To report that this is an unconventional book will not surprise anyone who knows the author’s scholarship—which ranges widely throughout the history of Western intellectual, legal, and religious traditions. The title is meant to signal the central role of President Madison. The subtitle, however, more closely indicates its preoccupation. But even this delineation is at once too narrow and yet insufficiently precise—too narrow because Noonan charts the American achievement as the outcome of centuries of Old World struggles, explores its tenuous development across the nation’s history, and suggests its influence on several other societies in the modern world; and insufficiently precise because the heart of the argument is that the genius of the American experience has been to define religious freedom not in the abstract but in terms of its “free exercise.” Throughout the extraordinary range and reach of this study, two figures loom large, Madison, who first formulated in Virginia, and then helped place in the Constitution, provision for the “free exercise of religion,” and John Courtney Murray, S.J., who, singlehandedly, laid the groundwork for the Catholic Church’s “conversion” to endorse religious liberty in its Second Vatican Council.
The Lustre of Our Country is painted in vibrant colors on a vast canvas. It also incorporates dimensions that enlarge its scope. The genres used in composing it challenge conventional scholarship, even as they astonish and delight the reader. The initial chapter is frankly autobiographical: Noonan places his boyhood and youth in—but not entirely of—Boston’s Irish Catholic community and then traces his own intellectual development through Harvard College, the University of Cambridge, explorations of European traditions, and finally intensive immersion in “Catholic consciousness” at the Catholic University of America. The sub-theme of these pages is his early suspicion of, but increasing appreciation for, the position that Murray was working through as an internal reconstruction of Catholic tradition. A fascinating chapter, cast in catechetical form, treats an earlier (seventeenth century) Boston, where dissenters were persecuted and Quakers hanged. Madison appears against this backdrop, with emphasis given to his “free exercise” formulation, first in the Virginia struggle and then in drafting the amendments to the Constitution. Parenthetically, Noonan’s presentation of this latter episode, though brief, stands as a first-rate discussion of this critical, but little explored, event. Angelique de Toqueville (an imaginary sister of Alexis) critiques her brother’s account of religion in the new American nation, chiefly by attention to its ubiquity in local situations. The first major section of the book also includes an imagined treatment of Theodore Parker suggesting, in effect, that if not a “war [End Page 337] of religion” the American Civil War was, nonetheless, a religious struggle.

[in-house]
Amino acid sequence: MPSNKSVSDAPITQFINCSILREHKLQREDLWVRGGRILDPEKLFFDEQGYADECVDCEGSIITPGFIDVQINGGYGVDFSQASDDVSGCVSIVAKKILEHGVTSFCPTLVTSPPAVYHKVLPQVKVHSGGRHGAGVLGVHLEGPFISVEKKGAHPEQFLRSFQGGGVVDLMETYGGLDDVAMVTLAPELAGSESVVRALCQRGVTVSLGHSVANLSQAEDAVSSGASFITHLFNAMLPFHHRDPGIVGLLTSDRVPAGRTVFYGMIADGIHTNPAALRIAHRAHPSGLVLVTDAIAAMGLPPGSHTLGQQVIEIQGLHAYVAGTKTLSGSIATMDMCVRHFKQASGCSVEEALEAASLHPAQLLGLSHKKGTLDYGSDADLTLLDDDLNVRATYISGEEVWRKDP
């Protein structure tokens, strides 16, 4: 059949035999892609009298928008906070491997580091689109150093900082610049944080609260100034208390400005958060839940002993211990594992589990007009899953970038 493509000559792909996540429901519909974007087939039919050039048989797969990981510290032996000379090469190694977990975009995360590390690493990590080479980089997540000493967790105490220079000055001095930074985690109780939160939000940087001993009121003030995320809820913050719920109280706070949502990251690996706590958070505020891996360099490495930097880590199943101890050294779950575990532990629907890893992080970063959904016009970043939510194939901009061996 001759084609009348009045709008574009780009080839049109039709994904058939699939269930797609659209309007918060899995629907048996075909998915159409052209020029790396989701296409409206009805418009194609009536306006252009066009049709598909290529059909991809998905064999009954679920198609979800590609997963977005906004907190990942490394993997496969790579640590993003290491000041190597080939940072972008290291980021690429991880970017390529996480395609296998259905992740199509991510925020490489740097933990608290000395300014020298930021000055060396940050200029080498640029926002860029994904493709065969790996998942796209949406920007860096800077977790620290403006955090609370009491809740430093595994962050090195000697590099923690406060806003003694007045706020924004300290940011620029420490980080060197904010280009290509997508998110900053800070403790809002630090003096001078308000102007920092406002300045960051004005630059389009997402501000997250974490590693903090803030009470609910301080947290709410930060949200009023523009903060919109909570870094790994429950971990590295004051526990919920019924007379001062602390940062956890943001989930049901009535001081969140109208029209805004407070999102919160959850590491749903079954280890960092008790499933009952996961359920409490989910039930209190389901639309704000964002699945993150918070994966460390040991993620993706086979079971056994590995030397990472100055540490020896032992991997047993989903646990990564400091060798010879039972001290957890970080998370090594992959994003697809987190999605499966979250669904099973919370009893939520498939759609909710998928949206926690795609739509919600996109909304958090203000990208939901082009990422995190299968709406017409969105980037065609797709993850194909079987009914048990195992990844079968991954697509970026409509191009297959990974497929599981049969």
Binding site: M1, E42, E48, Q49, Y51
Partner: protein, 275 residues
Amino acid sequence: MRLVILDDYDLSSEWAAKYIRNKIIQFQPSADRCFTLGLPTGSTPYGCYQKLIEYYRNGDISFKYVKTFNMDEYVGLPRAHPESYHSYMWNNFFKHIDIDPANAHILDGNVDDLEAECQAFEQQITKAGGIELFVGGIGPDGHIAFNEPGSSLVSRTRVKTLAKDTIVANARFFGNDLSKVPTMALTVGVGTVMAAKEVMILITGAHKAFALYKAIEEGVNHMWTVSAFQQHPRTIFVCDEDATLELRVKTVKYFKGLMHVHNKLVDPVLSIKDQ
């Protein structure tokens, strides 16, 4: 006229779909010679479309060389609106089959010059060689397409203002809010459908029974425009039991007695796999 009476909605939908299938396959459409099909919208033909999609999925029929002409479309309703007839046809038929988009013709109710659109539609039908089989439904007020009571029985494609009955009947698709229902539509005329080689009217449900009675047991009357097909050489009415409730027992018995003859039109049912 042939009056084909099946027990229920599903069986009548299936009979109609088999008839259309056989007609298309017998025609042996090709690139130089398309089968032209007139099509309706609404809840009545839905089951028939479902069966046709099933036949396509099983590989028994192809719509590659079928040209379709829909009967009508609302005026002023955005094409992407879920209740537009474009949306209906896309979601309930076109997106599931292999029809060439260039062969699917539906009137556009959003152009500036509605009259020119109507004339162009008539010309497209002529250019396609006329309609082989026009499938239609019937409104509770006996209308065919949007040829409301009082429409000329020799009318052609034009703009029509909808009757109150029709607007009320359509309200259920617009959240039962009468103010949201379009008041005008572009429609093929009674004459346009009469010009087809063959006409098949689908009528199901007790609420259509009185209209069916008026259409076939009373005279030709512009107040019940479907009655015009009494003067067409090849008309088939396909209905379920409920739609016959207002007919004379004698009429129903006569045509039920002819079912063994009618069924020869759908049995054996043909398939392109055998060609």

The second major set of chapters makes use of additional genres to explore the vagaries of American law to the extent that necessity has required interpretation of the First Amendment in the twentieth century. Noonan sets up a dialogic symposium among sterling students of the chief law schools to explore the range of ambiguous decisions anchored in the deceptively simple text. Beyond that, he brings the contrasting perspectives of William James and Emile Durkheim into exploration of such matters as the nation’s status as potentially sacred, its symbols (the flag), and the ritual occasions evoking responses to it (civil religion). Finally, he insists on the central role of martyrs (Martin Luther King, for one) and crusaders in the American political culture. The last and comparatively brief part comprises a series of chapters, each an independent review of how the American ideal of “free exercise” informed—or failed to inform—French experience from the Revolution through the Dreyfus Affair, the recasting of Shinto in Japan under the American occupation, the status of religion in Soviet and post-Soviet Russia, and the reworking of Catholic teaching in Vatican II. As befits a study that eludes easy categorization, a new “decalogue” comprises its Epilogue.
Clearly, The Lustre of Our Country at once draws from, and contributes to, a range...